Verse 4. - And for the house he made windows of narrow lights. [There has been much disputation over these words. The older expositors generally follow (as does the marg.) the Chaldee and Rabbins: "windows broad within and narrow without;" windows, i.e. somewhat like the loopholes of ancient castles. The windows of the temple would then have resembled those of Egyptian sacred buildings. (It is not implied that there was any conscious imitation of Egypt, though Fergusson surely forgets the affinity with Pharaoh (1 Kings 3:1), the trade with Egypt (1 Kings 10:28), and the favour with which some Egyptian fashions were regarded (Song of Solomon 1:9), when he contends that the chosen people would never take the buildings of their ancestral enemy for a model.) But this meaning is not supported by the original (שְׁקֻפִים אֲטֻמִים), the literal interpretation of which is "closed beams" (cf. chap. 7:4, 5), and which the most competent scholars now understand to mean "closed or fixed lattices, i.e., the lattices or the temple windows were not movable, as in domestic architecture (2 Kings 1:2; 2 Kings 13, 17; Daniel 6:10). So Gesenius, De Wette, Keil, Bahr, al.] And for the house he made windows of narrow lights. Or "open, shut" (o), which could be both, having shutters to them, to open or shut at pleasure; windows which they could open, and look through at them, or shut when they pleased; the Targum is,

"open within, and shut without;''

or, as others understand it, they were wide within, and narrow without; by being narrow without, the house was preserved from bad weather, as well as could not so easily be looked into by those without; and by being broader within, the light that was let in spread itself within the house; which some interpret only of the holy place, the most holy place having, as they suppose, no windows in it, which yet is not certain: now these windows may denote the word and ordinances of the church of God, whereby light is communicated to men; which in the present state is but narrow or small, in comparison of the new Jerusalem church state, and the ultimate glory; and especially so it was under the legal dispensation, which was very obscure; see Sol 2:9 Isaiah 55:8.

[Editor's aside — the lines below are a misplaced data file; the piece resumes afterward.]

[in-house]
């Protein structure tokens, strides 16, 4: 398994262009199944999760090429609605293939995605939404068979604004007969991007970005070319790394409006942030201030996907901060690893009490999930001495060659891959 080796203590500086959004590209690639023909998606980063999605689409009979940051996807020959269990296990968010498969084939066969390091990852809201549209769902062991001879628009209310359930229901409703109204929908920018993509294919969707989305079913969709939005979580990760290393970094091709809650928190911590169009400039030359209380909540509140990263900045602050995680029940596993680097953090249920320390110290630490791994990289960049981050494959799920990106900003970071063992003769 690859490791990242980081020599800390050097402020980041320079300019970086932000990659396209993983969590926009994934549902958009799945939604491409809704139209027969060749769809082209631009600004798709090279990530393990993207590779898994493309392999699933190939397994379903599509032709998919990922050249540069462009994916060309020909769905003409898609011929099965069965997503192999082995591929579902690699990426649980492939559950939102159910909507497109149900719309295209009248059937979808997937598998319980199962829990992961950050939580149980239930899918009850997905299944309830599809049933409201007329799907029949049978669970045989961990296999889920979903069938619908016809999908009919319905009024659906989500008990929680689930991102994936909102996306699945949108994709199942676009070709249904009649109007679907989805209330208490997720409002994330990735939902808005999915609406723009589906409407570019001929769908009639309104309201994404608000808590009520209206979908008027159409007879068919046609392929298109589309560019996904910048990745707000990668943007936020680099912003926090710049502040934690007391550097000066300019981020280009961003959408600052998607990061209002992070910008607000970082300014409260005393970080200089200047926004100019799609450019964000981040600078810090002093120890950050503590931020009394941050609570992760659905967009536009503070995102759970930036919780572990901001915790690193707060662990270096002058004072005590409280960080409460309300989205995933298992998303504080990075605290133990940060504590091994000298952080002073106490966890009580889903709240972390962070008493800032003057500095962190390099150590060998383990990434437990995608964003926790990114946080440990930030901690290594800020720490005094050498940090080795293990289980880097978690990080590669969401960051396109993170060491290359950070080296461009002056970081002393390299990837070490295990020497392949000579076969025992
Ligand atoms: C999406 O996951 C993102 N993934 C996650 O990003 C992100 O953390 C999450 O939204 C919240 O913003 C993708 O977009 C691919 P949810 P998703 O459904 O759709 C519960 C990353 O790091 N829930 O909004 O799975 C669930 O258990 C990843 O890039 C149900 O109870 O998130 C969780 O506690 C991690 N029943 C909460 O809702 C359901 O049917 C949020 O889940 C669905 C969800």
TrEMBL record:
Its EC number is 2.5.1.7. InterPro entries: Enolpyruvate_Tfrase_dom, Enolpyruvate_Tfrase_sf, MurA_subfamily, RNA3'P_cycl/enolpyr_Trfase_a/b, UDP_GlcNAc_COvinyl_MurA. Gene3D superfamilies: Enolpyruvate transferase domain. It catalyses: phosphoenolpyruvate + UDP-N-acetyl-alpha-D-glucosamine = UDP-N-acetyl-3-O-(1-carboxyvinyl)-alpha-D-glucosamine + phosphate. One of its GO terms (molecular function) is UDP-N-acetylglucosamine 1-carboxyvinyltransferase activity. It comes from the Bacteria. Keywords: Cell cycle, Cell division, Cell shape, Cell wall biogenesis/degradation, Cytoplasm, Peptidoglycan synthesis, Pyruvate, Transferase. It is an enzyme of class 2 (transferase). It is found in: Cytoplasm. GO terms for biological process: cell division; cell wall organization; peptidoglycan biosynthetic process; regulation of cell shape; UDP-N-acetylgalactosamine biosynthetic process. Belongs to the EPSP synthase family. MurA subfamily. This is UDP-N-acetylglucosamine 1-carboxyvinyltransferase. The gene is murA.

(o) "apertas clausas", Vatablus; "perspectui accommodas, clausas", Junius & Tremellius, Piscator. 4. windows of narrow lights—that is, windows with lattices, capable of being shut and opened at pleasure, partly to let out the vapor of the lamps, the smoke of the frankincense, and partly to give light [Keil].6:1-10 The temple is called the house of the Lord, because it was directed and modelled by him, and was to be employed in his service. This gave it the beauty of holiness, that it was the house of the Lord, which was far beyond all other beauties. It was to be the temple of the God of peace, therefore no iron tool must be heard; quietness and silence suit and help religious exercises. God's work should be done with much care and little noise. Clamour and violence often hinder, but never further the work of God. Thus the kingdom of God in the heart of man grows up in silence, Mr 5:27.
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Alphabetical: Also artistic clerestory for frames He house in made narrow temple the windows with

OT History: 1 Kings 6:4 For the house he made windows (1Ki iKi i Ki 1 Kg 1kg) Christian Bible Study Resources, Dictionary, Concordance and Search Tools